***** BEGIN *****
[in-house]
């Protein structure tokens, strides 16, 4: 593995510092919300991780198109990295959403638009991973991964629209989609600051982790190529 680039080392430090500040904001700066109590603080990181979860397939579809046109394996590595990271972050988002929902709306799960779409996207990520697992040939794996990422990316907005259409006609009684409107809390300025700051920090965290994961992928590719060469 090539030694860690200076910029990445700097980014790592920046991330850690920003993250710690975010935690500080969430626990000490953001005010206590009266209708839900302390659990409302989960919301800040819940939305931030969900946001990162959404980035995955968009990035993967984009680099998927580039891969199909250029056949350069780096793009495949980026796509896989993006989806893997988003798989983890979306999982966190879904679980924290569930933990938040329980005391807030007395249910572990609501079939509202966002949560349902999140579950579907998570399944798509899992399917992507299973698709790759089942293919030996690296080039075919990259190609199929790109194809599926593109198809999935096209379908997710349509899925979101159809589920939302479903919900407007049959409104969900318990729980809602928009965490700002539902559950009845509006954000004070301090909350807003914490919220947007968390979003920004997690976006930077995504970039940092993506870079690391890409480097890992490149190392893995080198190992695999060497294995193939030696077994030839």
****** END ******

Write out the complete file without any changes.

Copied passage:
[in-house]
């Protein structure tokens, strides 16, 4: 593995510092919300991780198109990295959403638009991973991964629209989609600051982790190529 680039080392430090500040904001700066109590603080990181979860397939579809046109394996590595990271972050988002929902709306799960779409996207990520697992040939794996990422990316907005259409006609009684409107809390300025700051920090965290994961992928590719060469 090539030694860690200076910029990445700097980014790592920046991330850690920003993250710690975010935690500080969430626990000490953001005010206590009266209708839900302390659990409302989960919301800040819940939305931030969900946001990162959404980035995955968009990035993967984009680099998927580039891969199909250029056949350069780096793009495949980026796509896989993006989806893997988003798989983890979306999982966190879904679980924290569930933990938040329980005391807030007395249910572990609501079939509202966002949560349902999140579950579907998570399944798509899992399917992507299973698709790759089942293919030996690296080039075919990259190609199929790109194809599926593109198809999935096209379908997710349509899925979101159809589920939302479903919900407007049959409104969900318990729980809602928009965490700002539902559950009845509006954000004070301090909350807003914490919220947007968390979003920004997690976006930077995504970039940092993506870079690391890409480097890992490149190392893995080198190992695999060497294995193939030696077994030839």